It feels like Quentin Tarantino's been doing promotional rounds for the Hateful Eight forever. His latest film, which follows a group of conniving characters in post-Civil War Wyoming, has sparked a ton commentary, both positive and negative. While Tarantino's definitely no stranger to controversy, these days he's been exceptionally vocal about racism past and present in United States. Now he's gone on to compare the Confederate flag to the Swastika.

In a recent feature with the Telegraph, Tarantino spoke about a particularly devastating incident that occurred in 2015, the shooting at the Emanuel African Methodist Episcopal Church in South Carolina earlier this year. It had a profound effect on him. While he's not known to edit his scripts, ever, the event was so brutal that he felt the need to remove a line from his Hateful Eight script, a line he claims was just "too on-the-nose." While so much of the film's racial conflict feels of this moment—and intentionally so—Tarantino felt that this line, said by Walter Goggins's racist sheriff character, was just too much. "You ask the white folks in South Carolina if they feel safe," was taken from the script. You can see why.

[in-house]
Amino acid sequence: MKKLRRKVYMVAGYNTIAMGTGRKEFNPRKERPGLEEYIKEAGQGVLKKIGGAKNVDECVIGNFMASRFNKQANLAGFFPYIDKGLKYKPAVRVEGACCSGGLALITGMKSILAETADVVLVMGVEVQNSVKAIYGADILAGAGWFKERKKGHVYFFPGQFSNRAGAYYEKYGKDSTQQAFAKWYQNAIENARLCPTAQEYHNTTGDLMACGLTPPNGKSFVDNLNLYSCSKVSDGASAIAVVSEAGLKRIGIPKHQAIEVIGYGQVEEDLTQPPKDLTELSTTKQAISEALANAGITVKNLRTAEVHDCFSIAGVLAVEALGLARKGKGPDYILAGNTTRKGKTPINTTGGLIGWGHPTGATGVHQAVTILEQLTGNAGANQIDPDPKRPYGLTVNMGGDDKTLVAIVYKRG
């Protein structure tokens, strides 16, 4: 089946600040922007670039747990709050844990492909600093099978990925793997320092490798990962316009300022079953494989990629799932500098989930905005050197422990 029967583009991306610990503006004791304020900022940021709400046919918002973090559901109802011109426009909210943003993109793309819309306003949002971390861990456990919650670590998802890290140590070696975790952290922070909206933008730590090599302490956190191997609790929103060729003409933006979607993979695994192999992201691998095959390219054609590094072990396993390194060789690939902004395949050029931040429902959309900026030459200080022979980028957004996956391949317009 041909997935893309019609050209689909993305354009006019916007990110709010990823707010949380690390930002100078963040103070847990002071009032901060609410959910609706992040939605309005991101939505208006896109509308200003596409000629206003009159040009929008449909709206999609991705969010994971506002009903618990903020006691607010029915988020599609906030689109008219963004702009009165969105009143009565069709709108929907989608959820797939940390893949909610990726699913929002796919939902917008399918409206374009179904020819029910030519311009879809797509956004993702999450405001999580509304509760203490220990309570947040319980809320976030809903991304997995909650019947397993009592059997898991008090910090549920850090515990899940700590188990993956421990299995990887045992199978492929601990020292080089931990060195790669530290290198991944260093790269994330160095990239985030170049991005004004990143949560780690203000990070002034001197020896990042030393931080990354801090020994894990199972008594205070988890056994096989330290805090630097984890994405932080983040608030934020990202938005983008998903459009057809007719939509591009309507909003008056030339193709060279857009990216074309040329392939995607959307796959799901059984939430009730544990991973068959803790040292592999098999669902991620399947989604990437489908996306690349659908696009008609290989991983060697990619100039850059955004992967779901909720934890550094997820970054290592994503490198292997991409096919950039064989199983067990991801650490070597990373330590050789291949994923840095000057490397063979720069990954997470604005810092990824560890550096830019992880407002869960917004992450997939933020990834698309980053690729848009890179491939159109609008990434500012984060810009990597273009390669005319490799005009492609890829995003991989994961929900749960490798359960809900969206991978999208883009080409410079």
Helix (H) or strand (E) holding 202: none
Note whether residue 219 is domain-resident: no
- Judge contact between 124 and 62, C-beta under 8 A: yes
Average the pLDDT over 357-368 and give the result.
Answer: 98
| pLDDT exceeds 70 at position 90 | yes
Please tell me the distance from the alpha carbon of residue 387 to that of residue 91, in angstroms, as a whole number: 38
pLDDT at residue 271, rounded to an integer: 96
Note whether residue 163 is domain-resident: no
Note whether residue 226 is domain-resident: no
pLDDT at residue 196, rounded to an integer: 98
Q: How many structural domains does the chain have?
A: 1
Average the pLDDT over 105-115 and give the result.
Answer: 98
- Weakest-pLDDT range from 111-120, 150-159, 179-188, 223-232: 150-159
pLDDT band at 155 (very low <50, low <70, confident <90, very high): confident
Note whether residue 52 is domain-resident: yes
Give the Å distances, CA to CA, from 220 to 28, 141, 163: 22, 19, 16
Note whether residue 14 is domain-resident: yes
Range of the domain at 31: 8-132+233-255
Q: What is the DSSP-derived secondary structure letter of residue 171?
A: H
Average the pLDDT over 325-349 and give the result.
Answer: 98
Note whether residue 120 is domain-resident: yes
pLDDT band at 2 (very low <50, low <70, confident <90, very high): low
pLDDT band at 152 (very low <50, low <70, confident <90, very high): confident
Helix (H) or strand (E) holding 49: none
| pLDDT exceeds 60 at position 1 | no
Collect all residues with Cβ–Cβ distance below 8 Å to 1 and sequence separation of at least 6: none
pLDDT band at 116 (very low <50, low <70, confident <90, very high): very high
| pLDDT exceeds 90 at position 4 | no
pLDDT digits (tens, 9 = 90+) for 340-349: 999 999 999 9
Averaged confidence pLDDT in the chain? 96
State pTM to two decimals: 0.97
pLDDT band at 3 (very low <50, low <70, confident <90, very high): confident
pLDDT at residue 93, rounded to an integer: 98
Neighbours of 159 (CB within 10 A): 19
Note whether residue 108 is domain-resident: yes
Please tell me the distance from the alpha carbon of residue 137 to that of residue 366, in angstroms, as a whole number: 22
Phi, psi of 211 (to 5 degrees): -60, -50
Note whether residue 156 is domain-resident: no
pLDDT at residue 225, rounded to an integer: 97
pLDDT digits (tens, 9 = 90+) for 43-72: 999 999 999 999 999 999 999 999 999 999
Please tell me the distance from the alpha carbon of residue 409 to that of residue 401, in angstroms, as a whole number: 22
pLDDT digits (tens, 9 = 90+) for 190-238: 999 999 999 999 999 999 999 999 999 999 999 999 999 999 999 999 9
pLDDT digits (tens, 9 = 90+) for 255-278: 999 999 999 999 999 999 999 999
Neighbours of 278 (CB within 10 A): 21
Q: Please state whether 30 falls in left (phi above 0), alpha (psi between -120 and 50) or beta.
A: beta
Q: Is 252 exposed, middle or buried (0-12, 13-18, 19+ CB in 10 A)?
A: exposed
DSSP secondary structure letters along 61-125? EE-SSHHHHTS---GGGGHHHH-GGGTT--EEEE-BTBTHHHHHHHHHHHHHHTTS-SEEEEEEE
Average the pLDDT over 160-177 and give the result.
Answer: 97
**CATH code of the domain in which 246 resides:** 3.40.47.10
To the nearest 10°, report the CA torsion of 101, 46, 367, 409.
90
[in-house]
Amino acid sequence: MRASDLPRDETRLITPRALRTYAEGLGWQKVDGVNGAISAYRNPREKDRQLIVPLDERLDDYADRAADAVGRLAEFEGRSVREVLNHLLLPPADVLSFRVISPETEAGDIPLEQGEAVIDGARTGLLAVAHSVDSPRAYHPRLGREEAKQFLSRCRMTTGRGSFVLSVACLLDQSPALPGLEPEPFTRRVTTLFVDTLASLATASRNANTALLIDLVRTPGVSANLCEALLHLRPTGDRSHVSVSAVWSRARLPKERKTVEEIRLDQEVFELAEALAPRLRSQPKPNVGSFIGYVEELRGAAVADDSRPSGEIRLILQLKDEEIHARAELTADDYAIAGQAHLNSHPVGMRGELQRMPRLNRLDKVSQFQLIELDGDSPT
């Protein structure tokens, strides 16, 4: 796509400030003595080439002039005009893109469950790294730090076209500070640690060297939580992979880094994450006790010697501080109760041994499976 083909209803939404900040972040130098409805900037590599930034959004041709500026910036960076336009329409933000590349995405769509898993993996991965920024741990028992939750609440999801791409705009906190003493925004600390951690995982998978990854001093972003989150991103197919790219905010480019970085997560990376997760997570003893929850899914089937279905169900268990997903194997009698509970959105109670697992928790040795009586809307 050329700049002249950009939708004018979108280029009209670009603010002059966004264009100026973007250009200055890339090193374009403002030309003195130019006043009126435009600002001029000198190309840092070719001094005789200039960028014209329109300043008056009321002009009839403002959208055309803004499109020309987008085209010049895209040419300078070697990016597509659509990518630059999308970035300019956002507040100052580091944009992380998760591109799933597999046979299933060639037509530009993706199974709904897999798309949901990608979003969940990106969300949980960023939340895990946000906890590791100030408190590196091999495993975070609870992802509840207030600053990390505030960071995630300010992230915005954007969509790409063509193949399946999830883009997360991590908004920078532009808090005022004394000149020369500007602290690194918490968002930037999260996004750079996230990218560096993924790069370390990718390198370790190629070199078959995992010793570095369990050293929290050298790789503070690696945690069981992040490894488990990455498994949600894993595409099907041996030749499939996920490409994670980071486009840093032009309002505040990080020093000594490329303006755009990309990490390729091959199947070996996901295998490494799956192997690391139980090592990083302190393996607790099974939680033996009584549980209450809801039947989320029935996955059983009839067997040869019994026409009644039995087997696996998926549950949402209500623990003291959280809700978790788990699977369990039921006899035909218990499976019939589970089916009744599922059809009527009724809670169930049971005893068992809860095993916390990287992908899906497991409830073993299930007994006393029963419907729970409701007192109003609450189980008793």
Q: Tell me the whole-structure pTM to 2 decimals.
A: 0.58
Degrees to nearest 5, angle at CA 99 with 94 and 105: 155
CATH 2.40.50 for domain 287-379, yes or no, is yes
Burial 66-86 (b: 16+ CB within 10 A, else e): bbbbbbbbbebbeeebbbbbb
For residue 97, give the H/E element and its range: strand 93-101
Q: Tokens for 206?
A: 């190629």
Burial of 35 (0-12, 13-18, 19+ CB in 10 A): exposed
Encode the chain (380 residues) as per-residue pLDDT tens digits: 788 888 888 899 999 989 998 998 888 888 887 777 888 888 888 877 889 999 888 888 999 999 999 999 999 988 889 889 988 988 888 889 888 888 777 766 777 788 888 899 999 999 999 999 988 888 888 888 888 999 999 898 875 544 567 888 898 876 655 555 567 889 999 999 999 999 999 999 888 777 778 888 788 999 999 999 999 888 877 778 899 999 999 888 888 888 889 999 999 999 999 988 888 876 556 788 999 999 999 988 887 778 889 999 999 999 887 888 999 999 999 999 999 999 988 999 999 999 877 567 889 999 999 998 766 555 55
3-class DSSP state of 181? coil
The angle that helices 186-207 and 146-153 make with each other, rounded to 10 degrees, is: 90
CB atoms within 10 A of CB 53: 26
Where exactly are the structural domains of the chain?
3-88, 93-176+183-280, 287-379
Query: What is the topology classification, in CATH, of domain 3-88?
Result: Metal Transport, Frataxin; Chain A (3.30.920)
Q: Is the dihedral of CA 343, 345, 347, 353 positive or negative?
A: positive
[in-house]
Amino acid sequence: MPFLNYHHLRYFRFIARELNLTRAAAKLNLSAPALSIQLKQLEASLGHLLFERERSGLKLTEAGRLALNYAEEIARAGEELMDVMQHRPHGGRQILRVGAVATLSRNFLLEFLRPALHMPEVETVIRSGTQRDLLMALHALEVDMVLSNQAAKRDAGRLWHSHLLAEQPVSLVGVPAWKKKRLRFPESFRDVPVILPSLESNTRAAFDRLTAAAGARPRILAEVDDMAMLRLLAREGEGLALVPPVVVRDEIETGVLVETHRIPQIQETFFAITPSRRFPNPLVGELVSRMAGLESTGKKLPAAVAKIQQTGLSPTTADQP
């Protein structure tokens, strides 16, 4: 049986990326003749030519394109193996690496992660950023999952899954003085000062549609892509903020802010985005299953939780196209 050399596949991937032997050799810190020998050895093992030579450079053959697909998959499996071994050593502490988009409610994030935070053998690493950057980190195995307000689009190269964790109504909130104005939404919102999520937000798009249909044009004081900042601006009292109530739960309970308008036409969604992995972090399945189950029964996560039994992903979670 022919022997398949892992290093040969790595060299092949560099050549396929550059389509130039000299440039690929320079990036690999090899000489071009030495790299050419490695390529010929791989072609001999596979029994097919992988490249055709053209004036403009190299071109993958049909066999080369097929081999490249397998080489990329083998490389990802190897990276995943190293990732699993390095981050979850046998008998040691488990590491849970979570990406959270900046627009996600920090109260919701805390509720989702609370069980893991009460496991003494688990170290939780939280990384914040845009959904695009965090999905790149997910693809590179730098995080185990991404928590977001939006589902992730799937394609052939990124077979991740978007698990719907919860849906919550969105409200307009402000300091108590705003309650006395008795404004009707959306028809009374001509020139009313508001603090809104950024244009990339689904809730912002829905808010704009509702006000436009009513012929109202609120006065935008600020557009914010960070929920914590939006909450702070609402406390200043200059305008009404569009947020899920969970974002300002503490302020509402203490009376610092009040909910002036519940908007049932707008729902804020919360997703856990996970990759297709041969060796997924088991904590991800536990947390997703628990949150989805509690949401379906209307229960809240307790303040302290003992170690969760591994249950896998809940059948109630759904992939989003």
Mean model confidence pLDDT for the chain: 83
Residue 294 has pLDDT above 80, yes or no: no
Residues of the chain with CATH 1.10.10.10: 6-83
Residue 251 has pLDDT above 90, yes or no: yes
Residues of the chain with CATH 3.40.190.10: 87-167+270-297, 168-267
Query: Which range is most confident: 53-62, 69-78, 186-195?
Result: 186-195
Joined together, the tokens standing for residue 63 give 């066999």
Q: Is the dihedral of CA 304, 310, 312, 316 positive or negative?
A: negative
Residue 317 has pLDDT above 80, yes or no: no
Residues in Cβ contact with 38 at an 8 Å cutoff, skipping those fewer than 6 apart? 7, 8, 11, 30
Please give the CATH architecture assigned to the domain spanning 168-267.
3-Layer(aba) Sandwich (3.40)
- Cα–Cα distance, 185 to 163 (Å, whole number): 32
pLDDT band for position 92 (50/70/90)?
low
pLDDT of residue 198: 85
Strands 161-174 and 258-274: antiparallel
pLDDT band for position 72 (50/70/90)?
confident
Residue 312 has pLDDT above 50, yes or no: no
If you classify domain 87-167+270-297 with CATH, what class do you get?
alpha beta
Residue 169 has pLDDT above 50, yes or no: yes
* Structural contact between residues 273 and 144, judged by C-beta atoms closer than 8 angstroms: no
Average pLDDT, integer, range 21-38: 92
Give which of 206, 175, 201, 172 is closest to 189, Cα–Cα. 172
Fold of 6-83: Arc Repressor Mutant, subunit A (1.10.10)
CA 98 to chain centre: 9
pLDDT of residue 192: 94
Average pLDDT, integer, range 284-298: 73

In the interview Tarantino went on to speak about race in the states, the Ferguson protests, and finally went so far as to make a connection between the symbol of racism—the Confederate flag—and another really hateful symbol rooted in history.

"All of a sudden, people started talking about the Confederacy in America in a way they haven’t before," he told the Telegraph. "I mean, I've always felt the Rebel flag was some American Swastika. And, well, now, all of a sudden, people are talking about it, and now they're banning it, and now it's not OK to have it on f______ license plates, and coffee cups, and stuff."

It's a big statement, but when isn't Tarantino making big statements?